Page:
Vitamin C, http://www.vitamincfan.com (April 14, 2001).
Throttlebox, http://www.throttlebox.com (April 16, 2001).
Ultimate Band List, http://www.ubl.com (April 14, 2001).
Additional information was provided by Elektra Entertainment publicity materials, 2000.
"Vitamin C." Contemporary Musicians. 2002. Encyclopedia.com. (July 24, 2016). http://www.encyclopedia.com/doc/1G2-3495100081.html
"Vitamin C." Contemporary Musicians. 2002. Retrieved July 24, 2016 from Encyclopedia.com: http://www.encyclopedia.com/doc/1G2-3495100081.html
VITAMIN C. Vitamin C is also known as ascorbic acid, because it is the "anti-scorbutus" vitamin (scorbutus being the Latin name for the disease of scurvy). Unlike other vitamins, it is only required by a few species, particularly humans, but also guinea pigs and bats. Others, such as dogs and cats, make it for themselves by oxidizing glucose. Species that require the vitamin have lost the key enzyme that manufactures vitamin C because of a genetic mutation during evolution, in a period when the natural diet was vitamin C–rich, resulting in no disadvantage. The empirical formula of the vitamin is C6H8O6; it is a white crystalline powder, freely soluble in water and pleasant tasting, but easily destroyed by heat and oxidation. A daily intake of as little as 7 milligrams (mg) has been found to be sufficient to prevent the development of signs of scurvy, but the usual recommendation is that adults should aim to take some 70 mg per day, partly as a safety factor. One school of thought recommends much higher intakes, of perhaps 1,000 mg, on the grounds that its antioxidant properties will increase resistance to infections, aging, and cancer. This assertion remains controversial, however. The Institute of Medicine recommends 2,000 mg/day as the tolerable upper intake level for adults. High levels may have a laxative effect, but this is welcomed by many people. The main natural sources of the vitamin are fresh fruits and vegetables. One of the first fruits valued for its antiscorbutic activity was the orange—each one containing some 50 to 75 mg of the vitamin. In contrast, an apple of similar size has only 7 mg. Potatoes have been an important source of the vitamin in some cultures, not because they are particularly rich, but because they have been consumed in large amounts.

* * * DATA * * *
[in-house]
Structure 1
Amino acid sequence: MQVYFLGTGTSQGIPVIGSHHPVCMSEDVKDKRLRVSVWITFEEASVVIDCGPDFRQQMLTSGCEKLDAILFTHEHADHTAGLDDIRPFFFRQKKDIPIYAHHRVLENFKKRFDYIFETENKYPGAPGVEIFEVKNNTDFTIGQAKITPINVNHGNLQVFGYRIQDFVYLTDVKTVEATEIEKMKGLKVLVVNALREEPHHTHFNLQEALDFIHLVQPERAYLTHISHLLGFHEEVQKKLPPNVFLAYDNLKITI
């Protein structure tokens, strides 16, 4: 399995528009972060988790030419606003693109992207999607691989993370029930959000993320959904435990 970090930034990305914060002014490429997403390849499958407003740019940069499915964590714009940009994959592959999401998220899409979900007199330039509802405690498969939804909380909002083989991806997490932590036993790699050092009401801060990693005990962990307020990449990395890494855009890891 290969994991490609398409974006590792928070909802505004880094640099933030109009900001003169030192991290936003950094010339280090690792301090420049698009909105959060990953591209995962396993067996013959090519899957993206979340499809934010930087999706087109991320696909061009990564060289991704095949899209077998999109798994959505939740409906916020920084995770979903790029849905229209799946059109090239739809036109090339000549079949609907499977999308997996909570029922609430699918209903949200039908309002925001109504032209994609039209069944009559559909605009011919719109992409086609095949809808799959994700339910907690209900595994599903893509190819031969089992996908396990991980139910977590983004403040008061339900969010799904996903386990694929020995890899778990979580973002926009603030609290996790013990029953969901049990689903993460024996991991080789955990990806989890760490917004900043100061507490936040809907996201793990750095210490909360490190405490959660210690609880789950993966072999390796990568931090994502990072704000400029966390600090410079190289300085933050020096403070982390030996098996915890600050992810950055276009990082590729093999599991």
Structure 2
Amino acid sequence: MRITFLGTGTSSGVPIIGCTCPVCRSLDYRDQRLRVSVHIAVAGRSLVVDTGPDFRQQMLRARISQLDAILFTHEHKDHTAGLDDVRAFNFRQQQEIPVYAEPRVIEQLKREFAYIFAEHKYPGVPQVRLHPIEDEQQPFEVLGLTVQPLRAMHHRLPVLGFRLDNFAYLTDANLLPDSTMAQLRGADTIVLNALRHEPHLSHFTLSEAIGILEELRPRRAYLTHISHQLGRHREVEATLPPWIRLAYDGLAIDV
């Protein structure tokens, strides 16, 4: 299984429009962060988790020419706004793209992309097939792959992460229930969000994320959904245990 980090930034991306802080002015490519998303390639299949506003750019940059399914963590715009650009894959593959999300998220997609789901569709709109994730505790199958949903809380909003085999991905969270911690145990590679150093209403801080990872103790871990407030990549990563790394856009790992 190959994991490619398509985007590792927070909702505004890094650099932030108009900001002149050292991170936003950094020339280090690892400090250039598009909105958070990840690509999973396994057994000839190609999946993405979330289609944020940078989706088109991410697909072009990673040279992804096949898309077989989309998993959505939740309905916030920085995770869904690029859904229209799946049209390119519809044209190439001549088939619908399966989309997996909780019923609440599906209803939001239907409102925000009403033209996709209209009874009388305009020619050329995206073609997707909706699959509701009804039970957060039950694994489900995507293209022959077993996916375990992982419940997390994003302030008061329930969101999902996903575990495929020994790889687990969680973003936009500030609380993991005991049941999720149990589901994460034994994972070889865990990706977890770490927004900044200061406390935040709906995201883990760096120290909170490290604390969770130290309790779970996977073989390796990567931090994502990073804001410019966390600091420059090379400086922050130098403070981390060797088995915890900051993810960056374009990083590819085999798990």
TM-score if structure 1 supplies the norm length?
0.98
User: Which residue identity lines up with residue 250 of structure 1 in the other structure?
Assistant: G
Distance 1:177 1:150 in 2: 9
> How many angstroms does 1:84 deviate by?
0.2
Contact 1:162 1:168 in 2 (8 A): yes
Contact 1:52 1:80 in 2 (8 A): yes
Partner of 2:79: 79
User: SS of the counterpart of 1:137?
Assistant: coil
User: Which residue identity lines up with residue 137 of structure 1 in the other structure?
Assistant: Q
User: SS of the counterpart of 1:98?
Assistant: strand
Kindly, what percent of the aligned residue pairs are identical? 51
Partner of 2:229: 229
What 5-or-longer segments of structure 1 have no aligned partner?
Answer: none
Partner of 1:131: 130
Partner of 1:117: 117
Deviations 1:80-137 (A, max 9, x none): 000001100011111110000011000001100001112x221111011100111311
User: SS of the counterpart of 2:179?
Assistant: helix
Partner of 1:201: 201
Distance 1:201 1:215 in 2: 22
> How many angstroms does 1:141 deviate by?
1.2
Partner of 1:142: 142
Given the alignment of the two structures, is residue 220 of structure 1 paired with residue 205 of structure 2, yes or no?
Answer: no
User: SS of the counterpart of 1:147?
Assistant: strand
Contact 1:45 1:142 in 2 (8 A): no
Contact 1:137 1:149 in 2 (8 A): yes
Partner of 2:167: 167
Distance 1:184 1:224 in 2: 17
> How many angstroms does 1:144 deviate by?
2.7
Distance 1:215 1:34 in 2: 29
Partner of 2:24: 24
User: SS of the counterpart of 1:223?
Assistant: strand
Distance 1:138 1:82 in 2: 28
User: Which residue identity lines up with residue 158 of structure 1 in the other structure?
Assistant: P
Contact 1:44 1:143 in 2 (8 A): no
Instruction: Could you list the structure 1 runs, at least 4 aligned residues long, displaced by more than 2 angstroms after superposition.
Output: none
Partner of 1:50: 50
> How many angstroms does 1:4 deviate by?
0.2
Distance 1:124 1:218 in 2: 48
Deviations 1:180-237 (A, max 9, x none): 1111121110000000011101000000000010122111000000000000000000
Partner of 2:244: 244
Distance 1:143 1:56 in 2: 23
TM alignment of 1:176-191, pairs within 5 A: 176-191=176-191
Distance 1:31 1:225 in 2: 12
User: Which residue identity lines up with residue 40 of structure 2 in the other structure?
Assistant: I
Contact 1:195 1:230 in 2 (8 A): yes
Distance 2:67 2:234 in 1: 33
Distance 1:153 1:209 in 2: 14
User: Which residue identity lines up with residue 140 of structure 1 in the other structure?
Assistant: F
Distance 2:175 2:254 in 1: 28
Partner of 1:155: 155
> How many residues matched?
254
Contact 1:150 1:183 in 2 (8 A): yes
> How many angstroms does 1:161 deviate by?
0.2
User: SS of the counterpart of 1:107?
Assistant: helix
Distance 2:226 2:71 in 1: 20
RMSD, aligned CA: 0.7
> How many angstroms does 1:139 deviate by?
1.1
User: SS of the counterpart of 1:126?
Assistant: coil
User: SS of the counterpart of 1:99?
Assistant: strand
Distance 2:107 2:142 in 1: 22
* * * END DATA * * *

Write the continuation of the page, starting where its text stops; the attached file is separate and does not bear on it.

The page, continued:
The value of potatoes as a source of vitamin C is influenced by the way in which they are prepared. Thus, one large potato cooked in its skin in a microwave oven may supply 30 mg of the vitamin, but the same quantity may supply only a third of that or even less when boiled, mashed, and reheated on a buffet table. One problem has been to understand how Eskimos, in their traditional lifestyle, managed to obtain enough vitamin C when they had no access to fruits or vegetables. Although fully cooked meats have lost essentially all their vitamin C, the scarcity of fuel meant that the Eskimos could only bring a piece of meat just to the boil in water. They then drank the vitamin-rich broth and ate the meat, thus meeting their need for vitamin C. Liver cooked in this way is richer than muscle meats in vitamin C. Cows' milk too loses most of its vitamin C when heat-sterilized or "condensed," and infantile scurvy has been a problem where mothers have economized by using canned milk as a complete food for their infant.